I can tell you that I am sick and tired of being told "get used to getting older." My father's health is not great, although he did have a few positives last week, but also one very big negative that will require further tests. Having headaches every day for the past 36 years is barely tolerable, but I can hack it, this feeling poorly all the time, though, it sucks. 

Still, I am excited for what this summer brings to the table.

Friday, March 16, 2018

Portability of Wargaming

I am a huge fan of the Portable Wargame concept, some rules for which can be purchased from Bob Cordrey, via Lulu and Amazon. His blog is a good source of information for what he and others are doing to further the concept and fully develop it into something more. I happen to read his blog almost daily, and I frequently trail back to view his older posts.

There are numerous takes on this type of game, which did not originate with Bob, as I understand it, but he is perhaps the most vocal advocate, currently.

A few other notable chaps are pushing the concept into new and interesting directions, using technology to advance the standard, so to speak.
A discussion about this photo here.

I would not be surprised to see someone doing "official" resin or laser cut plywood tiles and terrain, to support those of us who see the utility of this type of game. Yes, it is rather stylistic and lacks the glamour and glitz of other game systems, but its simplicity is an attraction all to itself. Also, it is, well, portable.

Link to the above site here

Of course, the Perry's have already developed a similar game, which is also very portable, by design.

I own two copies of this game, but I really, really, want to buy at least two more. However, between a planned move and other projects, the expense cannot be budgeted for this year.

The flexibility of the game means that one could play any genre, be it science fiction, fantasy, historical, or whatever lies between. Also, the game itself could be of any size or scale, from 3mm to 54mm figures and the size of the board/table could be a chessboard (or even smaller) to a very large multi-table board. Your only limit is your imagination...and space...and budget. But, these are minor when compared to the benefits of having a game ready to hand wherever you live and wherever you go.

There's a lot of action or potential action in the above photo. Is the terrain super-realistic? Why does that matter? Do it really matter at all?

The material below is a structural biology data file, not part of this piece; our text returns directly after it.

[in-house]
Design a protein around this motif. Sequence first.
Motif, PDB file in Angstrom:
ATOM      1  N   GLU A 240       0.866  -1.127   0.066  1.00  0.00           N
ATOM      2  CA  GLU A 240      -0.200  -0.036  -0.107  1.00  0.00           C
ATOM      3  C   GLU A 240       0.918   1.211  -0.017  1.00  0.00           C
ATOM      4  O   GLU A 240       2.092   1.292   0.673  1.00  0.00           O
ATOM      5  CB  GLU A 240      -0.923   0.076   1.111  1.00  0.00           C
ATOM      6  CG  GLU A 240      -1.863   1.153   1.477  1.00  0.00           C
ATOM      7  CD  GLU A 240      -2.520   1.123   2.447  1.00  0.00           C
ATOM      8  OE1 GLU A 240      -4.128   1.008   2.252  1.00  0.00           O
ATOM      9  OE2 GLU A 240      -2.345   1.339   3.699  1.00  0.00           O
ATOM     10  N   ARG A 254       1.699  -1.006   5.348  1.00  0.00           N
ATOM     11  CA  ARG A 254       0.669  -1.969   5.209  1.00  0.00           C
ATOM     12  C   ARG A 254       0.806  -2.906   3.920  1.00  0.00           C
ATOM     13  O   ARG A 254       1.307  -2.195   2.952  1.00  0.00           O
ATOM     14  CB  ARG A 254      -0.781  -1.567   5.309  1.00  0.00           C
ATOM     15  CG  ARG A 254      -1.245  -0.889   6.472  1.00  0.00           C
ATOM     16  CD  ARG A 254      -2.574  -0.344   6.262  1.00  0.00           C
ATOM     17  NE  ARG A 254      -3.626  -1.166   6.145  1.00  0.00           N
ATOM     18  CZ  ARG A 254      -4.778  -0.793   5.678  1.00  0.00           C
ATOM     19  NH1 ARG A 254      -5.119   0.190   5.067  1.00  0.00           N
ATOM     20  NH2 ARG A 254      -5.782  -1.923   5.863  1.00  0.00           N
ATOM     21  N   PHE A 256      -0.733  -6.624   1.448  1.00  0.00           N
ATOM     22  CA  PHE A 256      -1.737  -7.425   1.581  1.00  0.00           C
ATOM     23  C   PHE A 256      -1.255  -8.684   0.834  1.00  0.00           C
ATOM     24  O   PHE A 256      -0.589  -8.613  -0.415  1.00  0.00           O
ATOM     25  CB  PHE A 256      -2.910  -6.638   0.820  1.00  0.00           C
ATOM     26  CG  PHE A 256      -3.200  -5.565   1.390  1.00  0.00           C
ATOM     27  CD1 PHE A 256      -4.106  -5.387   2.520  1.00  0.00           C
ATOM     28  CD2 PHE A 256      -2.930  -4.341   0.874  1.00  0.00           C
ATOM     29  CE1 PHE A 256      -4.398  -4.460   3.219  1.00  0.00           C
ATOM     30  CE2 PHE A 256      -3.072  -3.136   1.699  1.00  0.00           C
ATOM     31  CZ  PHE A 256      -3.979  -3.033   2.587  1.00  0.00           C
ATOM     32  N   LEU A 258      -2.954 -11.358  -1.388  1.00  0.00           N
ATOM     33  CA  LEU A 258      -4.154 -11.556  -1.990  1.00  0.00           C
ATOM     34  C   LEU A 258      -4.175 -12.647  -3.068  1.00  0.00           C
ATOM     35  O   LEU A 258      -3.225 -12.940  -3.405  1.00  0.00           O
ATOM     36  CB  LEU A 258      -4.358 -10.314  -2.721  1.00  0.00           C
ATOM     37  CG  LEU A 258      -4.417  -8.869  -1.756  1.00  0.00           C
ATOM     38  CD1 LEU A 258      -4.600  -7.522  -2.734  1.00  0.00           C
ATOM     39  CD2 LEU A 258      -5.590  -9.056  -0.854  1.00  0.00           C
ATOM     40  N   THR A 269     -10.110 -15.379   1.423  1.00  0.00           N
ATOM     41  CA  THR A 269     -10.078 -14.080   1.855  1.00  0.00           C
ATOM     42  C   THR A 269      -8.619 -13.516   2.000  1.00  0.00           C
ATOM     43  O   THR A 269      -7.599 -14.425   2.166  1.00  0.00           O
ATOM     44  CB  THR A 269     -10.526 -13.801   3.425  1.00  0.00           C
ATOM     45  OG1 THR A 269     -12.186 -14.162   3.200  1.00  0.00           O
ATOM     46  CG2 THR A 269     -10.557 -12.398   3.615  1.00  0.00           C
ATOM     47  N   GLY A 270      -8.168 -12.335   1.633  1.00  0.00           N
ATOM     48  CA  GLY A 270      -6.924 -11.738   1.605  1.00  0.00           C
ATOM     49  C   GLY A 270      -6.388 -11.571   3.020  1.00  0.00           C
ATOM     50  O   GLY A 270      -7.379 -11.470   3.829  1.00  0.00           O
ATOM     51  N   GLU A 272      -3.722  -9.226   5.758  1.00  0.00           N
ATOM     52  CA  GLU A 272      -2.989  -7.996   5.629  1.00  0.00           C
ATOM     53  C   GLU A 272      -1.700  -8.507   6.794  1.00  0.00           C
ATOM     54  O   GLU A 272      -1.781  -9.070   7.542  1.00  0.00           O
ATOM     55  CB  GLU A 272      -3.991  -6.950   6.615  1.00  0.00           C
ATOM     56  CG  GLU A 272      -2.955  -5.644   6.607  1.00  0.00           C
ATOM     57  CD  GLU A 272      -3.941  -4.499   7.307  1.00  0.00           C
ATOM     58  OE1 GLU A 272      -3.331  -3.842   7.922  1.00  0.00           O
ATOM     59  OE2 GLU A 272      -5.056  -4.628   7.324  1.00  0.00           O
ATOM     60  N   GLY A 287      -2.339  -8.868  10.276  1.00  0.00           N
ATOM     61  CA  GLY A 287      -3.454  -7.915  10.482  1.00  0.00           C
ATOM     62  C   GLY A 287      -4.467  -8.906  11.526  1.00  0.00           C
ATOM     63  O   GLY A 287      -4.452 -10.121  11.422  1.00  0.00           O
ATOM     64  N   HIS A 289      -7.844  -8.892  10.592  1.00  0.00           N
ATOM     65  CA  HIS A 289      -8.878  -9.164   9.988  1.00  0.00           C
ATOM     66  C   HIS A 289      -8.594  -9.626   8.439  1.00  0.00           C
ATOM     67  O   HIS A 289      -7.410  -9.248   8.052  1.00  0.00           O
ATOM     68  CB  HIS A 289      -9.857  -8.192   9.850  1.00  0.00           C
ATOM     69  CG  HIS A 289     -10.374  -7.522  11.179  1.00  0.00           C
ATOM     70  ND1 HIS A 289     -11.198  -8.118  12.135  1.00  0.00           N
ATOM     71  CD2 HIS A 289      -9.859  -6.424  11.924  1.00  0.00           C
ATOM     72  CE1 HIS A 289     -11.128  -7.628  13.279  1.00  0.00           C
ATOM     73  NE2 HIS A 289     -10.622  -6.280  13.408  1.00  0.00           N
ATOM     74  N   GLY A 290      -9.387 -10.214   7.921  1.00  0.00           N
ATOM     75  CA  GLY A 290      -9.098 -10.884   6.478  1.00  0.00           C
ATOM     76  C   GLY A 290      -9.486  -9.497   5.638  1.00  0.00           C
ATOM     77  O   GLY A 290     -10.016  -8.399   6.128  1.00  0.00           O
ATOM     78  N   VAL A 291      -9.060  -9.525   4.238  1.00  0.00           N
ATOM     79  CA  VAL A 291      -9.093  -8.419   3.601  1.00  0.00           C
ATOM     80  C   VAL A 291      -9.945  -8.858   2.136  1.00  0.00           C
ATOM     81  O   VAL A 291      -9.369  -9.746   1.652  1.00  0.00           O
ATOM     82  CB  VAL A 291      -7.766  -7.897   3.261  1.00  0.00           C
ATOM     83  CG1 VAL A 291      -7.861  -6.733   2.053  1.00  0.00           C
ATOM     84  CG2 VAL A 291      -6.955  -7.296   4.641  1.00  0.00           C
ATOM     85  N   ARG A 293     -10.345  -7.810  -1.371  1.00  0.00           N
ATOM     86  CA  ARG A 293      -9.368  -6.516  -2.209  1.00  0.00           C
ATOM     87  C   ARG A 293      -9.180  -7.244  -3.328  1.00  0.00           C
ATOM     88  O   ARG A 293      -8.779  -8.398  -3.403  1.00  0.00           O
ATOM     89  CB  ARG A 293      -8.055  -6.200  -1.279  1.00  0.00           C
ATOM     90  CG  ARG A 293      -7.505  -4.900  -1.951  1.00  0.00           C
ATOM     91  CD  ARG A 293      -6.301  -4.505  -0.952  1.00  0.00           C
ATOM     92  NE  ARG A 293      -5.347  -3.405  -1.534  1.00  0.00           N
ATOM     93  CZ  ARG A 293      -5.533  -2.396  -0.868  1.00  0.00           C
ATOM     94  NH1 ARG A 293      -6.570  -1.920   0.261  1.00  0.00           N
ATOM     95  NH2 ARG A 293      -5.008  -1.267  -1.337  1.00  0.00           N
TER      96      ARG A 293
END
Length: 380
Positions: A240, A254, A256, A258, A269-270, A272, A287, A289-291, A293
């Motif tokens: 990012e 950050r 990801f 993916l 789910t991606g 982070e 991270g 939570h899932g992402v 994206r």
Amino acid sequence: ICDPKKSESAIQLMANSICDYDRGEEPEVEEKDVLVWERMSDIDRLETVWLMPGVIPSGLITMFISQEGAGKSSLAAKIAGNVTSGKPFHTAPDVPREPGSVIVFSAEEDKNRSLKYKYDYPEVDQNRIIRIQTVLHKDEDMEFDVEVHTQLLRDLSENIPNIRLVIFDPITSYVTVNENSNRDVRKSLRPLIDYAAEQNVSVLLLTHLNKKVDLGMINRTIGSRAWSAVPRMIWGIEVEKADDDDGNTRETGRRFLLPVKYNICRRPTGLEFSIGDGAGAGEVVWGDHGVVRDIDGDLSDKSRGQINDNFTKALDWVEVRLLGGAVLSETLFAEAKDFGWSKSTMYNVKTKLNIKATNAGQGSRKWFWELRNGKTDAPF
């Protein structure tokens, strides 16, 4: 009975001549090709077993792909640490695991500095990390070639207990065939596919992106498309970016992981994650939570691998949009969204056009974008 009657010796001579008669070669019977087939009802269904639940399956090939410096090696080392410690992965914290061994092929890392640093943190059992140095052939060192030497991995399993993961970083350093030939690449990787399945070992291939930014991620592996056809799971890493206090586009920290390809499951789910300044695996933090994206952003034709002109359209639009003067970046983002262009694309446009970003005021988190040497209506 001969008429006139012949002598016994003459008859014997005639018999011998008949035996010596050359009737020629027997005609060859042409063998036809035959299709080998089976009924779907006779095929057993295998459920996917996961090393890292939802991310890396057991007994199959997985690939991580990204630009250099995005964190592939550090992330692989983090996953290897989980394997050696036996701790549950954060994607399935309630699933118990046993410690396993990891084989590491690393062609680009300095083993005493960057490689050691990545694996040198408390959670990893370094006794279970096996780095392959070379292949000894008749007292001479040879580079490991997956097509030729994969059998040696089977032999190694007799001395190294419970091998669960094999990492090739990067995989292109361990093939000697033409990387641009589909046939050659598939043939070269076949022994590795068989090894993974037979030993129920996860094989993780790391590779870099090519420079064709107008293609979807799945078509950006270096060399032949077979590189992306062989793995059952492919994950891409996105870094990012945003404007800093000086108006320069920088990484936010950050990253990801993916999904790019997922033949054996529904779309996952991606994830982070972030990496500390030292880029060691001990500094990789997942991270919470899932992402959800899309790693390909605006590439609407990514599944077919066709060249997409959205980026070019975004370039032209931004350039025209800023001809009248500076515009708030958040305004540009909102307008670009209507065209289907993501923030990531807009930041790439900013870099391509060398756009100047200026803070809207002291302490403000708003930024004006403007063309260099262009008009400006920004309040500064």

Heck, as the image below shows us, we don't even need miniature figures at all.

One of my current not-quite-backburner projects is to create a 10x10 square board, and assemble two WWII-ish armies. I am looking at Russian and German miniatures, but painted as Mordian and Cadian troops from Warhammer 40k. I've just ordered a small selection of Pendraken 10mm figures, including an AT gun, a tank, and some infantry, to get a sense of the size of square I will need for my board. Now, I can use my Kallistra hexes, but they are not as readily portable and I dare not risk them as baggage on a flight across the country.

Another bonus, I figure solo rules for this type of game will work just fine.

Thursday, March 15, 2018

The Soloist Gamer

So, it is a 98.9% certainty that I will soon be living 118 miles from the nearest game/hobby store, in a town that has zero or close to zero wargamers among its population base. Thus, I will join the ranks of the soloists

I have begun looking for board and miniature games suitable for playing solo. I already have most of the Two Hour Wargames rules and I have a couple of games from Victory Point Games, but I am still searching for a greater variety of interesting games to play...by myself.

I did receive, via a BoardgameGeek purchase, this:
Which is a game I should have bought decades ago, but kept telling myself I'd come back and get it later...and then the store owners died and the shop closed down., before internet sales became a thing.

I'm going to have to pack that away, for when after I move in to my new home, but I did not want to fall back into the old trap of putting it off until later.

If any of you readers have suggestions for good solo games, whether boardgames or miniature games, then please reply to this post. As I mentioned in an earlier post, I am looking at converting several games over to fit the soloist experience, but that will be a long-term effort and will not serve the immediate needs of playing a game.


Wednesday, March 14, 2018

Getting it Right

Whenever I walk into a game/hobby store, I am always looking for certain things. Not just products, but also the manner in which they assist me, offer assistance, or outright ignore my presence until the moment I step up to the register with cash in hand.

Back in 2001, I switched from Games Workshop Trade Sales to Games Workshop Retail, due to my then-wife wanting to move back to California. Games Workshop was kind enough to give me a chance to earn a position as a retail store manager, so that I could maintain my employment with the company I loved.

It all worked out, I spent a couple of months as a retail store employee, learning the ropes, and mastering what I needed to in order to become a store manager. Everyone was happy, as was I, even though I went from having a 5 day a week work week, to six and seven days a week, with nary a holiday in sight.

What I learned as a GW Retail employee as stayed with me, literally, ever since. I submit exhibit 1 into evidence.

This is the "10 Commandments of Retail" card I was issued when I first walked into my new experience as a retail employee of Games Workshop. Exhibit 2 is more revealing.
The flash makes the last one difficult to see, but it reads "Show Courtesy."

At the time, as I do not know if this still the case (the local GW shop closed after about 6 months due to weird store hours meaning no customers. It was very strange), employees could expect to be randomly quizzed on these 10 Commandments of Retail at any time, from anyone.

Upon close inspection, none of these are sinister or evil, instead they each indicate an expectation on the part of an employee, in fact this could be an employee of any retail outlet in any part of the world.

Unfortunately, far too many "workers" in retail stores are either gamers first or "counter jockeys" who stand, but usually sit, behind the register counter, and passive await someone who insists on spending money in their store.

Many stores I have entered failed, badly, at fulfilling #8, to the detriment of my future enjoyment of food and the destruction of my sinuses. Others cannot even get #1 right, ignoring me the entire time I am in the store.